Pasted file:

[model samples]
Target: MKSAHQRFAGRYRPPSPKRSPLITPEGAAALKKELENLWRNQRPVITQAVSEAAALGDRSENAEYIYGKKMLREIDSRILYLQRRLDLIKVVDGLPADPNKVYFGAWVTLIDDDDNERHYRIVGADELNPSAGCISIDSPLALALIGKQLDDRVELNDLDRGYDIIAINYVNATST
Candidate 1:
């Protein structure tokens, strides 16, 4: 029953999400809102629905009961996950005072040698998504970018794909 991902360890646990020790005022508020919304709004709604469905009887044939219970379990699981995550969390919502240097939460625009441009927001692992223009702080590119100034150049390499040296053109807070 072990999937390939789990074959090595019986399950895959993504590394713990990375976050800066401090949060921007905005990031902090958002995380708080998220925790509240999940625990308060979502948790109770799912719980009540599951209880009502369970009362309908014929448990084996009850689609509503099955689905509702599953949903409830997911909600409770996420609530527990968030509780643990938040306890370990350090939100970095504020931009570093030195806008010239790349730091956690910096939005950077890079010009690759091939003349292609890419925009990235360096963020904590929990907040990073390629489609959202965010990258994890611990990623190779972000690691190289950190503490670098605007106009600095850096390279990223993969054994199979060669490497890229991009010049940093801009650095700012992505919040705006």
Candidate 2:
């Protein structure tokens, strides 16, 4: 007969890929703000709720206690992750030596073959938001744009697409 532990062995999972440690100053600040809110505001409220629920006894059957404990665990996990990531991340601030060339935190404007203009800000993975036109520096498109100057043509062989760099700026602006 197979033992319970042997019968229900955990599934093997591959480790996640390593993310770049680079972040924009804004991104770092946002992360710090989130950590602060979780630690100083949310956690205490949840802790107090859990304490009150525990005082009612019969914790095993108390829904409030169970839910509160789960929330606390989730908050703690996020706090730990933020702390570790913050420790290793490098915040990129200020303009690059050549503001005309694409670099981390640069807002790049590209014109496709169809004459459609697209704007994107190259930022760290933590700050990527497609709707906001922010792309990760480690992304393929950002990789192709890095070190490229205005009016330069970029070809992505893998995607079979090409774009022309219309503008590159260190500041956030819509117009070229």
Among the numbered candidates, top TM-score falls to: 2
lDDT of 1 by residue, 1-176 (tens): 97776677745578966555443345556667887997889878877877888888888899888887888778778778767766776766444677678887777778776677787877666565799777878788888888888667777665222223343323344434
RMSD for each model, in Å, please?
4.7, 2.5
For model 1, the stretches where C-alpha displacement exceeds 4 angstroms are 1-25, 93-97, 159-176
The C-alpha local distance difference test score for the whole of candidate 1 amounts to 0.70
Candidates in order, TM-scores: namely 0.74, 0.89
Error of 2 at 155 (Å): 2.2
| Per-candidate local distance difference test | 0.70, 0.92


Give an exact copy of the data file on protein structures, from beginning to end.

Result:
[model samples]
Target: MKSAHQRFAGRYRPPSPKRSPLITPEGAAALKKELENLWRNQRPVITQAVSEAAALGDRSENAEYIYGKKMLREIDSRILYLQRRLDLIKVVDGLPADPNKVYFGAWVTLIDDDDNERHYRIVGADELNPSAGCISIDSPLALALIGKQLDDRVELNDLDRGYDIIAINYVNATST
Candidate 1:
């Protein structure tokens, strides 16, 4: 029953999400809102629905009961996950005072040698998504970018794909 991902360890646990020790005022508020919304709004709604469905009887044939219970379990699981995550969390919502240097939460625009441009927001692992223009702080590119100034150049390499040296053109807070 072990999937390939789990074959090595019986399950895959993504590394713990990375976050800066401090949060921007905005990031902090958002995380708080998220925790509240999940625990308060979502948790109770799912719980009540599951209880009502369970009362309908014929448990084996009850689609509503099955689905509702599953949903409830997911909600409770996420609530527990968030509780643990938040306890370990350090939100970095504020931009570093030195806008010239790349730091956690910096939005950077890079010009690759091939003349292609890419925009990235360096963020904590929990907040990073390629489609959202965010990258994890611990990623190779972000690691190289950190503490670098605007106009600095850096390279990223993969054994199979060669490497890229991009010049940093801009650095700012992505919040705006």
Candidate 2:
């Protein structure tokens, strides 16, 4: 007969890929703000709720206690992750030596073959938001744009697409 532990062995999972440690100053600040809110505001409220629920006894059957404990665990996990990531991340601030060339935190404007203009800000993975036109520096498109100057043509062989760099700026602006 197979033992319970042997019968229900955990599934093997591959480790996640390593993310770049680079972040924009804004991104770092946002992360710090989130950590602060979780630690100083949310956690205490949840802790107090859990304490009150525990005082009612019969914790095993108390829904409030169970839910509160789960929330606390989730908050703690996020706090730990933020702390570790913050420790290793490098915040990129200020303009690059050549503001005309694409670099981390640069807002790049590209014109496709169809004459459609697209704007994107190259930022760290933590700050990527497609709707906001922010792309990760480690992304393929950002990789192709890095070190490229205005009016330069970029070809992505893998995607079979090409774009022309219309503008590159260190500041956030819509117009070229």
Among the numbered candidates, top TM-score falls to: 2
lDDT of 1 by residue, 1-176 (tens): 97776677745578966555443345556667887997889878877877888888888899888887888778778778767766776766444677678887777778776677787877666565799777878788888888888667777665222223343323344434
RMSD for each model, in Å, please?
4.7, 2.5
For model 1, the stretches where C-alpha displacement exceeds 4 angstroms are 1-25, 93-97, 159-176
The C-alpha local distance difference test score for the whole of candidate 1 amounts to 0.70
Candidates in order, TM-scores: namely 0.74, 0.89
Error of 2 at 155 (Å): 2.2
| Per-candidate local distance difference test | 0.70, 0.92